In response to Biden’s request on Friday, the Archives said it did not possess the records the former vice president said it did and that the documents in question were instead maintained by the Senate. But Senate rules suggest that those documents are maintained by the General Services Administration, which, in turn, said the records are at the National Archives.

By late Friday, Biden had written to Secretary of the Senate Julie Adams requesting that her office “take or direct whatever steps are necessary to establish the location of the records of this Office.” Biden went on to ask that if any documents are located, “to direct a search for the alleged complaint and to make public the results of this search.”

But the confusion around the search continued on Monday when the secretary turned down Biden’s request.

“Based on the law’s strict confidentiality requirements (Section 313) and the Senate’s own direction that disclosure of Senate Records is not authorized if prohibited by law (Senate Resolution 474 96th Congress, Section 3(a)), Senate Legal Counsel advises that the Secretary has no discretion to disclose any such information as requested in Vice President Biden’s letter on May 1,” the secretary’s response said.

The Biden campaign responded to the secretary’s decision later Monday with three questions: if the existence of the records is subject to disclosure; if there is anyone else, such as Reade, who could request the release of the related documents; and if the Senate could release procedures and materials that the Office of Senate Fair Employment Practices followed in 1993 for processing these types of complaints.

Questions: That the Biden camp persisted in trying to confirm the existence of the record in spite of being told no, are you reassured that the presidential nominee has done everything possible to convince you that he did not do what he is alleged to do, and do you believe him? Also, do you think the Biden camp knew in advance that there would be no possibility of anyone accessing the records, which would then make his efforts little more than a cynical political ploy?

Meanwhile, Tara Reade cancelled a tentative interview with Chris Wallace:

Tara Reade, a former Biden staffer who accused the presidential candidate of sexually assaulting her in 1993, reportedly canceled a tentative interview with Fox News anchor Chris Wallace, which was scheduled to be recorded on Friday and aired on Sunday.

“We never confirmed the interview or the New York Times story, and we don’t provide details on the booking process,” a Fox News representative told Edward-Isaac Dovere, a staff writer at the Atlantic.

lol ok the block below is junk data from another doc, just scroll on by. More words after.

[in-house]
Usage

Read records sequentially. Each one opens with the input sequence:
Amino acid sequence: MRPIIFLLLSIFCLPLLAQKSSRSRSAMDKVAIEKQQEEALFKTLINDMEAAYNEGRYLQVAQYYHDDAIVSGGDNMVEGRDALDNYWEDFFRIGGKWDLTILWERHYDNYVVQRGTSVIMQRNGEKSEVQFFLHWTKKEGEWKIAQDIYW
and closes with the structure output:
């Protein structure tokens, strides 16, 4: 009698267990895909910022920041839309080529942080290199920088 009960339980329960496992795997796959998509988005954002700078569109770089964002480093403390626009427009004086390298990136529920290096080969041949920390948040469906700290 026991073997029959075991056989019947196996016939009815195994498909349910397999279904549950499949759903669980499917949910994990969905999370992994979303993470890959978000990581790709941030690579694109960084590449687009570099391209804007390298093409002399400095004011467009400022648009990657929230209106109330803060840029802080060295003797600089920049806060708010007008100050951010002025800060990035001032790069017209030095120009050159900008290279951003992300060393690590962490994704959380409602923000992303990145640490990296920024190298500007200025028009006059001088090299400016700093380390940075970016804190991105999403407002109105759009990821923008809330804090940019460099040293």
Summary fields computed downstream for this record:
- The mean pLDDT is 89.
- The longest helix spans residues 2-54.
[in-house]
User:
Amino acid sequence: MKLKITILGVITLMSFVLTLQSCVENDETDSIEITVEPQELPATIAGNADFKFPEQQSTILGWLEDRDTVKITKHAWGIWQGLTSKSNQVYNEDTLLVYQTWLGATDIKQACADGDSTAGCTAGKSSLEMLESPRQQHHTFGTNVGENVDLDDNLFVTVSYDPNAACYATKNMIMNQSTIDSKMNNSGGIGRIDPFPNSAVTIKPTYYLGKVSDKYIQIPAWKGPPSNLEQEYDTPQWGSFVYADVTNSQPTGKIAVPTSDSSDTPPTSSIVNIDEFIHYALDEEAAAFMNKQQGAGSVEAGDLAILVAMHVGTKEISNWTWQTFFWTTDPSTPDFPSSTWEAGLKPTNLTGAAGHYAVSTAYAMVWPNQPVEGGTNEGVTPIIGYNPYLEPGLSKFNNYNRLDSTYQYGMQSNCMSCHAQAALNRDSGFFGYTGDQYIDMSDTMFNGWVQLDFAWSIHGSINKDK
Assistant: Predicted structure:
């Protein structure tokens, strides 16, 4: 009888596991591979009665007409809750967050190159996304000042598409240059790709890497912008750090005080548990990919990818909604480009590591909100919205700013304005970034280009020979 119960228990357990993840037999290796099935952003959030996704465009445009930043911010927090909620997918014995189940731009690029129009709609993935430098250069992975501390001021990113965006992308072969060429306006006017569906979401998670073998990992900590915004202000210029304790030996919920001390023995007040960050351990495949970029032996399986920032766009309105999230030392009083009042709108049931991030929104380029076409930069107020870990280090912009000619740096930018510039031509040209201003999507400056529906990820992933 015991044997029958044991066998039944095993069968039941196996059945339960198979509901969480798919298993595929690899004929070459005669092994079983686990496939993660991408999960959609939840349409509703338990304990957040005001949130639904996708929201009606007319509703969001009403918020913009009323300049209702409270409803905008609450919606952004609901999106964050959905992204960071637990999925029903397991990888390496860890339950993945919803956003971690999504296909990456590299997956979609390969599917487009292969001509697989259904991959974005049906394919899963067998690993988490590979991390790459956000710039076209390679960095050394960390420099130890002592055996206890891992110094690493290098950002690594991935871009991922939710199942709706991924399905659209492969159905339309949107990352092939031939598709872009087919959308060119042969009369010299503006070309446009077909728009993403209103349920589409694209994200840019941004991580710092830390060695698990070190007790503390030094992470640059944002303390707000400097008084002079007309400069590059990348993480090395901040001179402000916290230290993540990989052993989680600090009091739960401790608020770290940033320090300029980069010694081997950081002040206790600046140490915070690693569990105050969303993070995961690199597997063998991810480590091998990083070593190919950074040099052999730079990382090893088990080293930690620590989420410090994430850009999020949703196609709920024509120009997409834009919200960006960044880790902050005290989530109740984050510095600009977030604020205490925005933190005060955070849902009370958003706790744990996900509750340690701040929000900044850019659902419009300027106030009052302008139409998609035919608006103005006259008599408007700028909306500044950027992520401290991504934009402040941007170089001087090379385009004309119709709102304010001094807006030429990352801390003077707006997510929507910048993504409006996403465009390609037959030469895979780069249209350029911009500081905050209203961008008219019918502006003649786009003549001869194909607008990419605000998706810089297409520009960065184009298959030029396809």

“Fox News had been very excited about booking Reade, given that it would have been her first network television interview. Wallace was getting ready for the conversation. There’s consternation internally that it isn’t happening,” Dovere reported in a series of tweets.

According to a New York Times reporter:

Tara Reade tells me she canceled the interview with Fox News because death threats received by her and her child made her nervous about being in the public eye.

On Saturday, Reade posted this at the Fox News website:

I find it astounding the hypocrisy that Democrats are talking about women being able to tell their story safely. I’m a Democrat, a lifelong Democrat, but yet here I am trying to talk about my history with Joe Biden and I’m just the target of online harassment.

Question: While I understand concerns about being in the public eye and facing death threats, would doing an interview remotely have further endangered her or her family? Has she filed a police report about any death threats?

Also, NPR reports that Tara Reade’s comments made to the AP report are not much different that what she said to the news outlet in April:

Over the weekend, the Associated Press published a story detailing that Reade said in an interview that she did not explicitly use the phrase “sexual harassment” in her alleged complaint.

But what she described to the AP is akin to what she has described to NPR — situations in Biden’s office in which Reade says she was made to feel uncomfortable by the then-senator.

Tara Reade, a former Senate aide to presumptive Democratic presidential nominee Joe Biden, says she filed a written complaint in 1993, but it did not include an allegation she has now made of Biden sexually assaulting her. Biden says that did not happen.

“He would just put his hand on my shoulder, like in a meeting, and then run his fingers underneath my hair,” she said. “He was very demonstrative in that way.”

Reade also claimed that she was asked to chip in at a fundraiser because of the way she looked. “The senator liked my legs and thought I was pretty and wanted me to serve drinks to a fundraising event that was mostly men,” she said.

Reade told NPR last month that she recalls when she complained about sexual harassment in the office, she “couched it in terms that ‘I was uncomfortable.'”

So this makes me wonder why Joe Scarborough thought this was a big deal?

To consider:

I have my own impressions regarding Ms. Reade’s allegations, but no one — save Ms. Reade and Mr. Biden — knows with certainty whether her claims are true. What I can assert with firm conviction is that Democrats ought to start considering a backup plan for 2020.